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Extended Audio Sample Havisham: A Novel, by Ronald Frame Click for printable size audiobook cover
0 out of 50 out of 50 out of 50 out of 50 out of 5 0.00 (0 ratings) (rate this audio book) Author: Ronald Frame Narrator: Anne Flosnik, Sophie Ward Publisher: Macmillan Audio Format: Unabridged Audiobook Delivery: Instant Download Audio Length: Release Date:
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In the tradition of Wide Sargasso Sea, Havisham is the astonishing prelude to Charles Dickens’ Great Expectations.

Before she became the immortal and haunting Miss Havisham of Great Expectations, she was Catherine, a young woman with all of her dreams ahead of her. Spry, imperious, she is the daughter of a wealthy brewer. But she is never far from the smell of hops and the arresting letters on the brewhouse wall—Havisham—a reminder of all she owes to the family name and the family business.

Sent by her father to stay with the Chadwycks, Catherine discovers elegant pastimes to remove the taint of her family’s new money. But for all her growing sophistication, Catherine is anything but worldly, and when a charismatic stranger pays her attention, everything—her heart, her future, the very Havisham name—is vulnerable.

In Havisham, Ronald Frame unfurls the psychological trauma that made young Catherine into Miss Havisham and cursed her to a life alone, roaming the halls of the mansion in the tatters of the dress she wore for the wedding she was never to have.

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Quotes & Awards

  • “Ronald Frame is one of Scotland’s finest writers and this new book will confirm his reputation as a writer whom it is simply a delight to read.”

    Alexander McCall Smith, New York Times bestselling author

  • “Before she took to pacing about her cobwebbed London manse in a tattered wedding gown, literature’s most famous jilted bride, Miss Havisham, ran the family brewery. Expectations are great for this engaging ‘prequel’ to Dickens’ classic.”

    Good Housekeeping

  • “In Havisham, his prequel to Great Expectations, Ronald Frame colorfully imagines the traumas that doomed the tortured Miss Havisham.”

    Vanity Fair

  • “Delicate and closely observed....Frame has a nice feel for the epiphanic shudders of a young woman’s heart and a watercolorist’s eye for English landscapes....What a lark. What a plunge.”

    Washington Post

  • “This literary prequel imagines the life of Catherine Havisham, from privileged childhood to the macabre death scene of Dickens[‘ Great Expectations....Frame’s book is a pleasurable read.”

    New Yorker 

  • “This re-imagining will delight readers...Frame has a talent for thrilling Victorian melodrama, and he tackles the controversial ending with superb assurance.”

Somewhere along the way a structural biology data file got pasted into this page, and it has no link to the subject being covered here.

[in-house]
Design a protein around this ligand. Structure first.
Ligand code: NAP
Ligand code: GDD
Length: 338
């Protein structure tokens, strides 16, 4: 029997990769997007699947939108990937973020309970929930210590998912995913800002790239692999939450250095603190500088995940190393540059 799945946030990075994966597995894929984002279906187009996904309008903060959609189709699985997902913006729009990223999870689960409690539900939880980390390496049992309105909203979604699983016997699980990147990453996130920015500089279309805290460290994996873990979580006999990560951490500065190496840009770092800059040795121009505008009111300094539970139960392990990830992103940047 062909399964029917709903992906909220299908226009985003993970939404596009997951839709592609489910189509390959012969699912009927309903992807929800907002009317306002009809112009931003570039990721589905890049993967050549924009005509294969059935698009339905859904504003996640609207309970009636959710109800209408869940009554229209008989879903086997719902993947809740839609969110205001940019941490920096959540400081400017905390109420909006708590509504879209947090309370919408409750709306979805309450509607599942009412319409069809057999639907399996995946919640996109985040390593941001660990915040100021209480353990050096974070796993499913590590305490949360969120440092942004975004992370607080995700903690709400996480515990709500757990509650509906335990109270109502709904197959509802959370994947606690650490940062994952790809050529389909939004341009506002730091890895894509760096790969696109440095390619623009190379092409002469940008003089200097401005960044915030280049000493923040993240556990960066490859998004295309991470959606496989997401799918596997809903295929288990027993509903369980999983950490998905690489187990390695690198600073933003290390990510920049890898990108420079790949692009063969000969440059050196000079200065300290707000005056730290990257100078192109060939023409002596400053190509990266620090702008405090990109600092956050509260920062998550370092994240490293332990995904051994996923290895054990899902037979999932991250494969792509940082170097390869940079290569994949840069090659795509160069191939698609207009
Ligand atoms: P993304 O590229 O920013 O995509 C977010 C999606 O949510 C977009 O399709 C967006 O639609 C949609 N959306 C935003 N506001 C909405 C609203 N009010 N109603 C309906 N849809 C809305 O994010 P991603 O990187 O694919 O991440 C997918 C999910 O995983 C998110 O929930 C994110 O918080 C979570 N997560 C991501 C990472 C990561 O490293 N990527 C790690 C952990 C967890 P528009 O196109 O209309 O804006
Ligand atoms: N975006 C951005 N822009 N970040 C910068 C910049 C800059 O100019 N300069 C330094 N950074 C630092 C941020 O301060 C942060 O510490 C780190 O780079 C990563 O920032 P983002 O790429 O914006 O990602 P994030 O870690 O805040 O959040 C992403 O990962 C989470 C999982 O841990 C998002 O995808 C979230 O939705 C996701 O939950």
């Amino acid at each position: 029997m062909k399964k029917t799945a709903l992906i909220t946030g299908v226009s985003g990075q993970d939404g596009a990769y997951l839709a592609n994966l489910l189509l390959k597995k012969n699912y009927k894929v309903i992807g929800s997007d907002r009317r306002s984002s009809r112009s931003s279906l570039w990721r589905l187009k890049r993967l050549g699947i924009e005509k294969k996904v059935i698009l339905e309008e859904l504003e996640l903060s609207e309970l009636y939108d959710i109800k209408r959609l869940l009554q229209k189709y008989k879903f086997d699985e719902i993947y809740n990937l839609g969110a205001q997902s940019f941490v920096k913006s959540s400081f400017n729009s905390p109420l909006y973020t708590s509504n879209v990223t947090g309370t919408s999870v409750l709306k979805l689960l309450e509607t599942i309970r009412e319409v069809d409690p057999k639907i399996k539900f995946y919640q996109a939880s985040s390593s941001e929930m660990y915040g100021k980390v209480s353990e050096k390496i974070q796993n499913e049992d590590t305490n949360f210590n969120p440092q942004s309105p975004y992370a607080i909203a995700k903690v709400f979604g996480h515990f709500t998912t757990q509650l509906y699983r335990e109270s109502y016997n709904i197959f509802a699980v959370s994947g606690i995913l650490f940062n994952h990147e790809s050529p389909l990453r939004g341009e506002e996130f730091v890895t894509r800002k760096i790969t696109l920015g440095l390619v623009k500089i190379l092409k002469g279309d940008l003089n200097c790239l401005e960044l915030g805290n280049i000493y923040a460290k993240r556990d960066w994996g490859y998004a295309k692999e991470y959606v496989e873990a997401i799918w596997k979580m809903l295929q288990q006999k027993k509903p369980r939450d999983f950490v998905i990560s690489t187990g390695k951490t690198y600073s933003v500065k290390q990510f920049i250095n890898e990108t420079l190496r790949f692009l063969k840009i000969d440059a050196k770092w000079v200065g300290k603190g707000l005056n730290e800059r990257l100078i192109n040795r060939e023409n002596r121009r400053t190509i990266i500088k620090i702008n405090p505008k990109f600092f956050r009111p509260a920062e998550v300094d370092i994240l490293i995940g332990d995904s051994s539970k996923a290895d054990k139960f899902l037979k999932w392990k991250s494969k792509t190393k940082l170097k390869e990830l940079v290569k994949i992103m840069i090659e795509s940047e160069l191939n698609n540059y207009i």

Times (London)

  • “Catherine’s considerable ego is juxtaposed by more attractive qualities: following her father’s death she is a tough, capable businesswoman during a period and at place when such a thing was unheard of; she has carnal desires that she acts on. It’s an excruciatingly human rendering, flawed and frustrating. The nightmare crone of Great Expectations has been made animate. I don’t know if Dickens would have been a fan, but I am.”

    Los Angeles Review of Books 

  • “An excellent example of a present-day writer taking on a classic, Havisham gives the reader food for thought while reviving one of the great characters of Victorian literature.”


  • “Frame’s presentation of the era is substantial but not overdone…An intelligently imagined Dickens prequel.”

    Kirkus Reviews

  • “If ever a literary character’s backstory needed to be told, it would be Miss Havisham’s, and no one tells that story better than Sophie Ward in this eminently listenable audio. Consider the calculating string-puller in Dickens’ Great Expectations and imagine her as a wide-eyed girl: This makes for fascinating listening, and Ward’s sweet yet complex performance of Catherine Havisham’s perspective suits the development of the character without fail. Ward’s proper British accent is appropriate but not overwhelming, and its nuances change subtly as Catherine becomes more aware of high society’s ways, to say nothing of its cruelties. Thanks to Frame’s imagination and Ward’s narrative skill, one might come away with a better understanding of that woman left scarred by being left at the altar.”


  • A New York Times Editor’s Choice
  • A Good Housekeeping Best Book
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